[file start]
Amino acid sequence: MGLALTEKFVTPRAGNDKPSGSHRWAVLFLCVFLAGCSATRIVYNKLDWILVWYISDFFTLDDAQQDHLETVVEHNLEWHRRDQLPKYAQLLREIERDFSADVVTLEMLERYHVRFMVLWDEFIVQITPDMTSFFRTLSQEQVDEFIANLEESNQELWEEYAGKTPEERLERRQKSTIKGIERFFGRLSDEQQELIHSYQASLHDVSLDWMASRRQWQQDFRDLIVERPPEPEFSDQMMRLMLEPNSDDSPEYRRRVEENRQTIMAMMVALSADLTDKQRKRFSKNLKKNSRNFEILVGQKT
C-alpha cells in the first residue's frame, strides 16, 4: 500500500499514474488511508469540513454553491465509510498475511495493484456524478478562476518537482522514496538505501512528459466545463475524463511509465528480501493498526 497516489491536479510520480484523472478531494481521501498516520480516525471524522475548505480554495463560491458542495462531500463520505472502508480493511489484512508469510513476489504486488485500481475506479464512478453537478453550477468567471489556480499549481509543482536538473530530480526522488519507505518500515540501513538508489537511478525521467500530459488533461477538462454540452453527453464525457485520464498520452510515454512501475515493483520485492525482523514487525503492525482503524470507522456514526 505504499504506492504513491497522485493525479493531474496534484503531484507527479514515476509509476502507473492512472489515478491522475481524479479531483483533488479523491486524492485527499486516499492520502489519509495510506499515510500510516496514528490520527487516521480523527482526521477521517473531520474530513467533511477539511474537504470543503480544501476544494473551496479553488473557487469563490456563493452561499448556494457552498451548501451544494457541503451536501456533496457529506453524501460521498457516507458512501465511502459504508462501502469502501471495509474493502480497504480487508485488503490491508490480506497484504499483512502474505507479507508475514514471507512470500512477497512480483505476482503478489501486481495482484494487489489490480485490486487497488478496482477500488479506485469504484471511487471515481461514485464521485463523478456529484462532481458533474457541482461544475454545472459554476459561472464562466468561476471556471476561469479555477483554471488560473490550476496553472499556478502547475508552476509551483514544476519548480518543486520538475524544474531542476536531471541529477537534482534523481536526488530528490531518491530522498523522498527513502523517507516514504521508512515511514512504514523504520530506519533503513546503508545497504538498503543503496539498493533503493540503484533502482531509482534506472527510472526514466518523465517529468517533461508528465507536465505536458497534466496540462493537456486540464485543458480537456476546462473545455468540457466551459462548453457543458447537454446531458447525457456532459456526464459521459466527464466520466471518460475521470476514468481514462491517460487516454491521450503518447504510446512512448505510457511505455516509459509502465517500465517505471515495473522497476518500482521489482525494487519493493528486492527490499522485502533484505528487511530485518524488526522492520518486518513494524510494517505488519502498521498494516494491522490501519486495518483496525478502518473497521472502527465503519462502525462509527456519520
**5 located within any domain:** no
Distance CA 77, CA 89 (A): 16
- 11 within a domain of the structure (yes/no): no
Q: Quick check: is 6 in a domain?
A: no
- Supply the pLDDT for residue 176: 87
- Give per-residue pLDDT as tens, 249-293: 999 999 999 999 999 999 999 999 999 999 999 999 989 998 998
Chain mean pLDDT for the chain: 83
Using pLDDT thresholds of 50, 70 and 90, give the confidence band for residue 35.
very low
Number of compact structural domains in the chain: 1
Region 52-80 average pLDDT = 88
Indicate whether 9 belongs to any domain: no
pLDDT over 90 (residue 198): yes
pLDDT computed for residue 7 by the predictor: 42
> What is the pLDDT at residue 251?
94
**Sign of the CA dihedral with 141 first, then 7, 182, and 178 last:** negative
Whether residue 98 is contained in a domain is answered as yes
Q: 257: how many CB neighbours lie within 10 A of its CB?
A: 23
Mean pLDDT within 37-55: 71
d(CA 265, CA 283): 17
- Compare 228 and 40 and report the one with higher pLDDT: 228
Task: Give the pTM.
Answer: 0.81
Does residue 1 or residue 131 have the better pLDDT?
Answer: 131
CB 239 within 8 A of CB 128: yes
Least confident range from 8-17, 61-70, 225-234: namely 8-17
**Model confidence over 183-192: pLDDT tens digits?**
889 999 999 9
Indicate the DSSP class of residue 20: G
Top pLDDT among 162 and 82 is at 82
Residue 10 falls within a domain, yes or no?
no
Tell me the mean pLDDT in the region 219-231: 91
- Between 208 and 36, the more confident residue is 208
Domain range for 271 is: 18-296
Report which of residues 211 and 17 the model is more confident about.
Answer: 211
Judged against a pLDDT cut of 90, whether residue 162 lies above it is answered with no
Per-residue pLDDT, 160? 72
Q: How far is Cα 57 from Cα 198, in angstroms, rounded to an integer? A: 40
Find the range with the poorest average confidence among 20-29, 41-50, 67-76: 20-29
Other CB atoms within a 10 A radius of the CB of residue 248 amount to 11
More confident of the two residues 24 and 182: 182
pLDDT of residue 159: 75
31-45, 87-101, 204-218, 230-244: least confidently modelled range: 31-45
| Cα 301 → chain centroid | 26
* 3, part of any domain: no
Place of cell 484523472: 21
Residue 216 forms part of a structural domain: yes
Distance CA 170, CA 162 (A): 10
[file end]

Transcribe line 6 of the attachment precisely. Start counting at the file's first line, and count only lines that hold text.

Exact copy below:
Q: Quick check: is 6 in a domain?